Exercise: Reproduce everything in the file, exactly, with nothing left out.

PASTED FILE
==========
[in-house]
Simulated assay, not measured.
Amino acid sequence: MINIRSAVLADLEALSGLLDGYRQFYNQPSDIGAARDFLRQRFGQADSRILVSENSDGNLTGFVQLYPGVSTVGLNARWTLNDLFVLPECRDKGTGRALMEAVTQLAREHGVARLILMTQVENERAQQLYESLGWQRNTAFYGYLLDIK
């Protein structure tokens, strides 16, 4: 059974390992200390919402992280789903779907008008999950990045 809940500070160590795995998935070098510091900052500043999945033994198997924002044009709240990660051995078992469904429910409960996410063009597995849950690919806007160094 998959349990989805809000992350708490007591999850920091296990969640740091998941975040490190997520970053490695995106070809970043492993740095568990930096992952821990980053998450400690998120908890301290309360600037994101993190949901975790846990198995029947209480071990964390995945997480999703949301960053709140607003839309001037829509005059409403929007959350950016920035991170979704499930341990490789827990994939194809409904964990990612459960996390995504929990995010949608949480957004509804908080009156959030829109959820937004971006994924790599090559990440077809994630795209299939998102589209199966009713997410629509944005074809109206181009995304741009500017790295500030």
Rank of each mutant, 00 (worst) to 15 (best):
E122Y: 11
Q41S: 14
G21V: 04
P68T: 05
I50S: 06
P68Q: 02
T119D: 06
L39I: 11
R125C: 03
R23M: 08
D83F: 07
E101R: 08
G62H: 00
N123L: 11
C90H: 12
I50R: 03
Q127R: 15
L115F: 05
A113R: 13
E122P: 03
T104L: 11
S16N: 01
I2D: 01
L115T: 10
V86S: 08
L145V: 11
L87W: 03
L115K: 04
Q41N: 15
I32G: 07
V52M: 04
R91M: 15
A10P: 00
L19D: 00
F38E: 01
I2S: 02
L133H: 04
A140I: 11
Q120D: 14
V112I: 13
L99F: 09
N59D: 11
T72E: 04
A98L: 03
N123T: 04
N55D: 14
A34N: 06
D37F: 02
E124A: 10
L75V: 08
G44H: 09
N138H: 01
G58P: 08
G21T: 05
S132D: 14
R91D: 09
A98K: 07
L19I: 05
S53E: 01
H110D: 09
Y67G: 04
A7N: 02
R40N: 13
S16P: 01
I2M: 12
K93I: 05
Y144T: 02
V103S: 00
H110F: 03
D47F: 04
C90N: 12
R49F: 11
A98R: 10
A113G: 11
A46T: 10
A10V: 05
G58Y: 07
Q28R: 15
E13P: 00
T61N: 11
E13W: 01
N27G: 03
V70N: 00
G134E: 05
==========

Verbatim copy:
[in-house]
Simulated assay, not measured.
Amino acid sequence: MINIRSAVLADLEALSGLLDGYRQFYNQPSDIGAARDFLRQRFGQADSRILVSENSDGNLTGFVQLYPGVSTVGLNARWTLNDLFVLPECRDKGTGRALMEAVTQLAREHGVARLILMTQVENERAQQLYESLGWQRNTAFYGYLLDIK
């Protein structure tokens, strides 16, 4: 059974390992200390919402992280789903779907008008999950990045 809940500070160590795995998935070098510091900052500043999945033994198997924002044009709240990660051995078992469904429910409960996410063009597995849950690919806007160094 998959349990989805809000992350708490007591999850920091296990969640740091998941975040490190997520970053490695995106070809970043492993740095568990930096992952821990980053998450400690998120908890301290309360600037994101993190949901975790846990198995029947209480071990964390995945997480999703949301960053709140607003839309001037829509005059409403929007959350950016920035991170979704499930341990490789827990994939194809409904964990990612459960996390995504929990995010949608949480957004509804908080009156959030829109959820937004971006994924790599090559990440077809994630795209299939998102589209199966009713997410629509944005074809109206181009995304741009500017790295500030």
Rank of each mutant, 00 (worst) to 15 (best):
E122Y: 11
Q41S: 14
G21V: 04
P68T: 05
I50S: 06
P68Q: 02
T119D: 06
L39I: 11
R125C: 03
R23M: 08
D83F: 07
E101R: 08
G62H: 00
N123L: 11
C90H: 12
I50R: 03
Q127R: 15
L115F: 05
A113R: 13
E122P: 03
T104L: 11
S16N: 01
I2D: 01
L115T: 10
V86S: 08
L145V: 11
L87W: 03
L115K: 04
Q41N: 15
I32G: 07
V52M: 04
R91M: 15
A10P: 00
L19D: 00
F38E: 01
I2S: 02
L133H: 04
A140I: 11
Q120D: 14
V112I: 13
L99F: 09
N59D: 11
T72E: 04
A98L: 03
N123T: 04
N55D: 14
A34N: 06
D37F: 02
E124A: 10
L75V: 08
G44H: 09
N138H: 01
G58P: 08
G21T: 05
S132D: 14
R91D: 09
A98K: 07
L19I: 05
S53E: 01
H110D: 09
Y67G: 04
A7N: 02
R40N: 13
S16P: 01
I2M: 12
K93I: 05
Y144T: 02
V103S: 00
H110F: 03
D47F: 04
C90N: 12
R49F: 11
A98R: 10
A113G: 11
A46T: 10
A10V: 05
G58Y: 07
Q28R: 15
E13P: 00
T61N: 11
E13W: 01
N27G: 03
V70N: 00
G134E: 05